What Vouchers Can Do: Florida Tax-Funded Fundamentalism

I guess we shouldn’t really call it an “exposé” because it doesn’t tell us anything we didn’t expect. Still, it can be eye-opening to see the sorts of things voucher programs can do. This week, the Orlando Sentinel explores the content of fundamentalist textbooks used at area private schools. The story prompts us to ask a tough question about voucher programs: Is it fair to limit voucher programs only to religions we like?

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Should taxes pay for these textbooks?

As I’ve argued in a couple of academic articles, the history of fundamentalist textbook publishing is key to understanding both the “Christian-school” movement and the subsequent evangelical homeschooling exodus.

Without the work of school publishers such as A Beka Book, Accelerated Christian Education, and Bob Jones University Press, I believe, conservative evangelicals in the 1970s and 1980s would not have been able to open so many small private schools. And without pre-made curricular materials, evangelicals would not have been able to leave school by their millions in the 1990s to homeschool.

Plus, no one should think that these fundamentalist textbooks are static or monolithic. As I explored in a chapter in AJ Angulo’s terrific book Miseducation, ACE, A Beka, and Bob Jones are all very different from one another, and all have radically changed their treatment of topics such as US History.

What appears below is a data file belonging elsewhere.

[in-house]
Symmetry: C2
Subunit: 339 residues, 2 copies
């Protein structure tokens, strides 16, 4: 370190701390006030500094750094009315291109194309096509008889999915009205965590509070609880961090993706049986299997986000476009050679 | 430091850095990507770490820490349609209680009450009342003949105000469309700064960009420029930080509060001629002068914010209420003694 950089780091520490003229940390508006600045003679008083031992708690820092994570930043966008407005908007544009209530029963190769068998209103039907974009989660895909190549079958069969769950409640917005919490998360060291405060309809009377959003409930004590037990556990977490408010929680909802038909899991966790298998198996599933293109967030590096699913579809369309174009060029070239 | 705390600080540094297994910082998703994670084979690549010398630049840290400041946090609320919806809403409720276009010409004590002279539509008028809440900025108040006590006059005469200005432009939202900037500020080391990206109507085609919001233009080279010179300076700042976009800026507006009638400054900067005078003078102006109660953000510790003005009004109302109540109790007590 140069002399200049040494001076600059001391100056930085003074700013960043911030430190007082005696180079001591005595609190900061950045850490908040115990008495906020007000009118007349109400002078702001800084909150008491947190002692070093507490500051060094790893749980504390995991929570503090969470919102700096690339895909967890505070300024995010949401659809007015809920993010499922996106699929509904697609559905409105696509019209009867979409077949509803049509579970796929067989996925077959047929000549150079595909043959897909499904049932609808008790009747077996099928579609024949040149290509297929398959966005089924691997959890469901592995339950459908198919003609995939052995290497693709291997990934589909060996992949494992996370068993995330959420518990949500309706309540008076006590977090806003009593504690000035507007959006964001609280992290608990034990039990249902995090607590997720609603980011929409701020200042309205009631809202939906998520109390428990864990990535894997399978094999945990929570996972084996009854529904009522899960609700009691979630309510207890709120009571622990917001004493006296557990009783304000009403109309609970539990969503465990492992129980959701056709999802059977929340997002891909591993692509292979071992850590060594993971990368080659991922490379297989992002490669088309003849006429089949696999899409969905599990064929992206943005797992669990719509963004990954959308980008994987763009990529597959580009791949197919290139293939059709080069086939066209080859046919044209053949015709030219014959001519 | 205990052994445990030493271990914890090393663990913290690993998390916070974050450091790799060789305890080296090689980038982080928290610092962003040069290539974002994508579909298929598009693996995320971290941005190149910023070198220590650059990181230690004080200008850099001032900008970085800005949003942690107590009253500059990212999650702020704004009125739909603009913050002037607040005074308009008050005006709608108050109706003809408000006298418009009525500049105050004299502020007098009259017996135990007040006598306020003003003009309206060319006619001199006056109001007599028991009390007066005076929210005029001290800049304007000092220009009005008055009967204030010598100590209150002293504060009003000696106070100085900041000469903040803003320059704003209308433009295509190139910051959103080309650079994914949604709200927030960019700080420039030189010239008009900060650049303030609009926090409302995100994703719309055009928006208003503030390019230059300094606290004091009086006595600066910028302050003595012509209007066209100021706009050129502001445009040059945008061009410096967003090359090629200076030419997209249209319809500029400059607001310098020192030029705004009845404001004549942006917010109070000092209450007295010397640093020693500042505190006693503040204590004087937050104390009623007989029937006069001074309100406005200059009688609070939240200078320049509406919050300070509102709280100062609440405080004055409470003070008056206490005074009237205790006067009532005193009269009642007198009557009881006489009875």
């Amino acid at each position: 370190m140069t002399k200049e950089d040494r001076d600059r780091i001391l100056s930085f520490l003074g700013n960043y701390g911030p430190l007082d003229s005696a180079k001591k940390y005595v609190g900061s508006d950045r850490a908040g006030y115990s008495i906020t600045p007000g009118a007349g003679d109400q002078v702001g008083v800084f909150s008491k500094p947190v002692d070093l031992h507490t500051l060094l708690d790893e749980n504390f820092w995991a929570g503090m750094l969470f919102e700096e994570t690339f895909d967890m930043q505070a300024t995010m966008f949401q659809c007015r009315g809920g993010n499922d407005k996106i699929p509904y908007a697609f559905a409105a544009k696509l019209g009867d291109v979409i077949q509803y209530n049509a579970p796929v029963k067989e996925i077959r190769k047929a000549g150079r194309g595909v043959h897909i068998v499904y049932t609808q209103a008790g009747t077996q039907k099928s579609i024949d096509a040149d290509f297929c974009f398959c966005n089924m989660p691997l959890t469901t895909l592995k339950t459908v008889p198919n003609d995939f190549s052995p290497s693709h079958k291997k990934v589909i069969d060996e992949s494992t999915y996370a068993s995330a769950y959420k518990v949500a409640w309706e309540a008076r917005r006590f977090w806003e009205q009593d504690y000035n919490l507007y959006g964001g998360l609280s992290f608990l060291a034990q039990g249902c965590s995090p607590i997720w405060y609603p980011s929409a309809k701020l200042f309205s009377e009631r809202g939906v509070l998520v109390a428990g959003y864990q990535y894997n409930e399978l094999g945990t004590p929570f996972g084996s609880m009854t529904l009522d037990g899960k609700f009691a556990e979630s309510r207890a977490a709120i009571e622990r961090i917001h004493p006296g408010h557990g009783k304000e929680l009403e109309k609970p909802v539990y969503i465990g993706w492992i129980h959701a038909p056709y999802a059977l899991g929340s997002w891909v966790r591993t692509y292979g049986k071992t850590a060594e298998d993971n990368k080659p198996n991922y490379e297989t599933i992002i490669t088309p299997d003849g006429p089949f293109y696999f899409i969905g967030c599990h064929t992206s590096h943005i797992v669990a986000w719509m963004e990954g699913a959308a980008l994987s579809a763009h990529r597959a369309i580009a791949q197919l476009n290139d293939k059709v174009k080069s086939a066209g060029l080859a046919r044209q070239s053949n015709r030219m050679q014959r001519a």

It’s not just me: Dr. Jonny Scaramanga has devoted his early academic career to exploring the curriculum to which he was subjected as a youth. Dr. Scaramanga argues that Accelerated Christian Education never escaped its racist, homophobic origins, despite some surface changes and lip service to liberalization.

As the Orlando Sentinel explains, voucher programs in Florida are sending tax dollars to schools that use textbooks by the “big three” fundamentalist school publishers. As the investigators discovered, the textbooks are full of creationism, ethnocentrism, and historical denialism. As OS puts it,